HM and Others (Article 15(C)) Iraq CG: UTIAC 22 Sep 2010

UTIAC Rule 9(5) of the Tribunal Procedure (Upper Tribunal) Rules 2008, which provides for UNHCR participation in Upper Tribunal proceedings as an intervener in an ‘asylum case’, is to be construed purposively to include subsidiary (humanitarian) protection.
In deciding whether to accept an application by an appellant to withdraw an appeal in an asylum-related case which the parties have previously agreed was suitable for fresh Tribunal country guidance, particularly relevant will be the importance to the public interest of the Tribunal assisting immigration judges, primary decision-makers and litigants in giving such guidance wherever it is possible and reasonably practical to do so.
The Tribunal may decide that permission to adduce an expert report on a country guidance case shall be given on the basis that the report is disclosed to the Upper Tribunal irrespective of whether the commissioning party intends to call the witness.
Following Elgafaji, Case C-465/07, BAILII: [2009] EUECJ C-465/07 and QD (Iraq) [2009] EWCA Civ 620, in situations of armed conflict in which civilians are affected by the fighting, the approach to assessment of the level of risk of indiscriminate violence must be an inclusive one, subject only to the need for there to be a sufficient causal nexus between the violence and the conflict.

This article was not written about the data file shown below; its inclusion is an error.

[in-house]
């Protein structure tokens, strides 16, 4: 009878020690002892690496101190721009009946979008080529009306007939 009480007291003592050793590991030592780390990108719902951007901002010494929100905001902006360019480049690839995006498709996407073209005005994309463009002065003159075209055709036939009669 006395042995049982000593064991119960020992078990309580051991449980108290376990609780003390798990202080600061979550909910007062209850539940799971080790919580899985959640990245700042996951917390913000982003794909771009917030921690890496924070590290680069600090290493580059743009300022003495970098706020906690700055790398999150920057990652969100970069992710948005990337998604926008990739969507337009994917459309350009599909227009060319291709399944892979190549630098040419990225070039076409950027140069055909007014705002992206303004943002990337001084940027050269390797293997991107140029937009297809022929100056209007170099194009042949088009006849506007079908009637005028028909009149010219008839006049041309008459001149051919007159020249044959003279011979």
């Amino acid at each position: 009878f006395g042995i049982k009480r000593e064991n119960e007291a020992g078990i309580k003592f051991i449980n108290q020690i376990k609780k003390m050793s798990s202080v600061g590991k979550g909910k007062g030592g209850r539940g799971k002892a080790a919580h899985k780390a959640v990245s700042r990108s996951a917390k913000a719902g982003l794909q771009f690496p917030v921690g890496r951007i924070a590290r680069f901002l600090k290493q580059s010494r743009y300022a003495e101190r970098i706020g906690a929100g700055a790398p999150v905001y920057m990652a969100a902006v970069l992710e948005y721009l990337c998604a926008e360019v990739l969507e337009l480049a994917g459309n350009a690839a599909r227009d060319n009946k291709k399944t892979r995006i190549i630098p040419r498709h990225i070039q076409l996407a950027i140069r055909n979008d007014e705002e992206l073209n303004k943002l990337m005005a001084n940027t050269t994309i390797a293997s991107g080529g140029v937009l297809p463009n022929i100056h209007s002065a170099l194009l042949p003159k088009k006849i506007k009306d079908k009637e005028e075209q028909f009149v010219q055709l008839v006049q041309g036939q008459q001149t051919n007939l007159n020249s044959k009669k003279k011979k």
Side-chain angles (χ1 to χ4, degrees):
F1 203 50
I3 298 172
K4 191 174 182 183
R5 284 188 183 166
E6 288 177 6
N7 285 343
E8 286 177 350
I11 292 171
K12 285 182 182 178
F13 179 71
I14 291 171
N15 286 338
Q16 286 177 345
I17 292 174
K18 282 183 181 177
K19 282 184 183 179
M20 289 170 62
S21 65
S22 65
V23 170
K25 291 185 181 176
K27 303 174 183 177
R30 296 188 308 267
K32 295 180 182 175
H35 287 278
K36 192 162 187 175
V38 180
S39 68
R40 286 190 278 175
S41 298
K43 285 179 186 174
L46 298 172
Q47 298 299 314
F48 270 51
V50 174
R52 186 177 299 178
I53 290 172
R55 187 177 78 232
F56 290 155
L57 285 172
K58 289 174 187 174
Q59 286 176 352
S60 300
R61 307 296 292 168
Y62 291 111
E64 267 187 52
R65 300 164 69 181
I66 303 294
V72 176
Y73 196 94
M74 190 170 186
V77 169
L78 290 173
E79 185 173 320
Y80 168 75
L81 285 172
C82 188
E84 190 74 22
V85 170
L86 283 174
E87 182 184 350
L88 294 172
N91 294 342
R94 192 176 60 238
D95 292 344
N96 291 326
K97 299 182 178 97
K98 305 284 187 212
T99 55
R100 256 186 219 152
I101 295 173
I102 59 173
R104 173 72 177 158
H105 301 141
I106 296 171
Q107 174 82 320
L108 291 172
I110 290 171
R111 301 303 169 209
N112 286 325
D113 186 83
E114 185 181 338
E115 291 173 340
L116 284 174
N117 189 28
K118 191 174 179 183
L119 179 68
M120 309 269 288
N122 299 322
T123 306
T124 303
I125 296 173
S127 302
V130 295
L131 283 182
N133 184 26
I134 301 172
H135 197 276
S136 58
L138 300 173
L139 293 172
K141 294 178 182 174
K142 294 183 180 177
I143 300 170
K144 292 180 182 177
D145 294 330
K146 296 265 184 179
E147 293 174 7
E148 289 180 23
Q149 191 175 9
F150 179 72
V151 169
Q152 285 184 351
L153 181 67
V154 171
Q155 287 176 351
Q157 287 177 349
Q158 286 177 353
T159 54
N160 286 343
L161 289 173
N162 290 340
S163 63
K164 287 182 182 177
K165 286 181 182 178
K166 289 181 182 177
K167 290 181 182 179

The degree of indiscriminate violence characterising the current armed conflict taking place in Iraq is not at such a high level that substantial grounds have been shown for believing that any civilian returned there, would, solely on account of his presence there face a real risk of being subject to that threat.
If the figures relating to indices such as the number of attacks or deaths affecting the civilian population in a region or city rise to unacceptably high levels, then, depending on the population involved, Article 15(c) might well be engaged, at least in respect of the issue of risk in that area, although it is emphasised that any assessment of real risk to the appellant should be one that is both quantitative and qualitative and takes into account a wide range of variables, not just numbers of deaths or attacks.
If there were certain areas where the violence in Iraq reached levels sufficient to engage Article 15(c) the Tribunal considers it is likely that internal relocation would achieve safety and would not be unduly harsh in all the circumstances.
The evidence relating to UK returns of failed asylum seekers to Iraq in June 2010 does not demonstrate that the returns process will involve serious harm. Further, it is significant that UKBA is already taking steps to improve procedures in the light of concerns expressed by UNHCR and others over the two charter flights in that month.
So far as concerns UK enforced returns to Iraq, the Tribunal is not satisfied that recent problems demonstrate that the process results in serious harm.


[2010] UKUT 331 (IAC)




England and Wales


Updated: 25 August 2022; Ref: scu.425490